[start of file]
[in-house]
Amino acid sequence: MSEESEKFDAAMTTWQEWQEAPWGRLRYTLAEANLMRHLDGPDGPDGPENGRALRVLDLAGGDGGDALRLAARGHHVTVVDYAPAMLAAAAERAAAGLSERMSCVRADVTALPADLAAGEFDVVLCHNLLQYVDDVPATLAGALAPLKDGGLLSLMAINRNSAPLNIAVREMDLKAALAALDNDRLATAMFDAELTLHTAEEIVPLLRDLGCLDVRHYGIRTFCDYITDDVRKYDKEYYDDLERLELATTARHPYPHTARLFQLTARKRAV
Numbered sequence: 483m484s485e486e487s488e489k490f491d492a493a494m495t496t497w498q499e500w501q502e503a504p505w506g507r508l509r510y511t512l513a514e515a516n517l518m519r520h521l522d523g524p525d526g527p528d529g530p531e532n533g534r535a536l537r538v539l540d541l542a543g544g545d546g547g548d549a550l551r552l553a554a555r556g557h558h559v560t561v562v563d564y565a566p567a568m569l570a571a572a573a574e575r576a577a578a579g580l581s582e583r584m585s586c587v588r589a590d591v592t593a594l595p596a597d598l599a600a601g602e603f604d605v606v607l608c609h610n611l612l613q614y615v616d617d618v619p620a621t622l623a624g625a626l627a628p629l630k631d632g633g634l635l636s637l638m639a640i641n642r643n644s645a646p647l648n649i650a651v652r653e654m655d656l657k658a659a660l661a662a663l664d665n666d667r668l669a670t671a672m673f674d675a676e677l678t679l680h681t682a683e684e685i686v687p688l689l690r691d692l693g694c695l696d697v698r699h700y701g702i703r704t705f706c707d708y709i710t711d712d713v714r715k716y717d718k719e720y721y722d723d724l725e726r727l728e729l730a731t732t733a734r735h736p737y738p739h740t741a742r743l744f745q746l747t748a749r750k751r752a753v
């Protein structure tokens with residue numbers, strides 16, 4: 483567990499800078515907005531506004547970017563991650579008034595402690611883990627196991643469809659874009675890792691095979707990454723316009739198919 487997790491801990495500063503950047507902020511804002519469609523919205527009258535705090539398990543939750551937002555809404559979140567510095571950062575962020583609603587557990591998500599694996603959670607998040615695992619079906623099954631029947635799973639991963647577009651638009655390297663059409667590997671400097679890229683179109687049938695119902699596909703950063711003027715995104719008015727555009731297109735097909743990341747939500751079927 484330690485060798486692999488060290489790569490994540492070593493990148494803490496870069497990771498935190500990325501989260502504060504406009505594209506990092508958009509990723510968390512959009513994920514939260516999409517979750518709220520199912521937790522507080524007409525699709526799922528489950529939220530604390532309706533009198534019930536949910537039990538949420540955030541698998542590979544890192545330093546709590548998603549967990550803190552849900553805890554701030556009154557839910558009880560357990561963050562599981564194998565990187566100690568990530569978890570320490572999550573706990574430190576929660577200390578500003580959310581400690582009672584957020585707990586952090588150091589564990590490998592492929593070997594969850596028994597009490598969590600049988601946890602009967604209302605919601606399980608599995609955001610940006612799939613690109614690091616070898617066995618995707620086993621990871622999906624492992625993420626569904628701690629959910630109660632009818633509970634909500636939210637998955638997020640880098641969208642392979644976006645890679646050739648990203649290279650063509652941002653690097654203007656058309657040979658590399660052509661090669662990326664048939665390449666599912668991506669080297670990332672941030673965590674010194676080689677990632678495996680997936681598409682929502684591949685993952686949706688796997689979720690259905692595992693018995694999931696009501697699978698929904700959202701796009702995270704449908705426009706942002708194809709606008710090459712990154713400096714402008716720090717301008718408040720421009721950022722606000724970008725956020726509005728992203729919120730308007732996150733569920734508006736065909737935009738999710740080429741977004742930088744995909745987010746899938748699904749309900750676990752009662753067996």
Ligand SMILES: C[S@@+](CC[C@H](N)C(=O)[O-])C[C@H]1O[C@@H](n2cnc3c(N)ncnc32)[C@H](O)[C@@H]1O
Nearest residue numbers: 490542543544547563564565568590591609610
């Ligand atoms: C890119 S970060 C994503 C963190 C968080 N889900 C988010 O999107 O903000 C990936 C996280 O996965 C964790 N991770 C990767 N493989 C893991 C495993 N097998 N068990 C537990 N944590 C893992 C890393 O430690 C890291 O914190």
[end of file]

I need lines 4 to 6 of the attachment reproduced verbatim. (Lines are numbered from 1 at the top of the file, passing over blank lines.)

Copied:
């Protein structure tokens with residue numbers, strides 16, 4: 483567990499800078515907005531506004547970017563991650579008034595402690611883990627196991643469809659874009675890792691095979707990454723316009739198919 487997790491801990495500063503950047507902020511804002519469609523919205527009258535705090539398990543939750551937002555809404559979140567510095571950062575962020583609603587557990591998500599694996603959670607998040615695992619079906623099954631029947635799973639991963647577009651638009655390297663059409667590997671400097679890229683179109687049938695119902699596909703950063711003027715995104719008015727555009731297109735097909743990341747939500751079927 484330690485060798486692999488060290489790569490994540492070593493990148494803490496870069497990771498935190500990325501989260502504060504406009505594209506990092508958009509990723510968390512959009513994920514939260516999409517979750518709220520199912521937790522507080524007409525699709526799922528489950529939220530604390532309706533009198534019930536949910537039990538949420540955030541698998542590979544890192545330093546709590548998603549967990550803190552849900553805890554701030556009154557839910558009880560357990561963050562599981564194998565990187566100690568990530569978890570320490572999550573706990574430190576929660577200390578500003580959310581400690582009672584957020585707990586952090588150091589564990590490998592492929593070997594969850596028994597009490598969590600049988601946890602009967604209302605919601606399980608599995609955001610940006612799939613690109614690091616070898617066995618995707620086993621990871622999906624492992625993420626569904628701690629959910630109660632009818633509970634909500636939210637998955638997020640880098641969208642392979644976006645890679646050739648990203649290279650063509652941002653690097654203007656058309657040979658590399660052509661090669662990326664048939665390449666599912668991506669080297670990332672941030673965590674010194676080689677990632678495996680997936681598409682929502684591949685993952686949706688796997689979720690259905692595992693018995694999931696009501697699978698929904700959202701796009702995270704449908705426009706942002708194809709606008710090459712990154713400096714402008716720090717301008718408040720421009721950022722606000724970008725956020726509005728992203729919120730308007732996150733569920734508006736065909737935009738999710740080429741977004742930088744995909745987010746899938748699904749309900750676990752009662753067996």
Ligand SMILES: C[S@@+](CC[C@H](N)C(=O)[O-])C[C@H]1O[C@@H](n2cnc3c(N)ncnc32)[C@H](O)[C@@H]1O
Nearest residue numbers: 490542543544547563564565568590591609610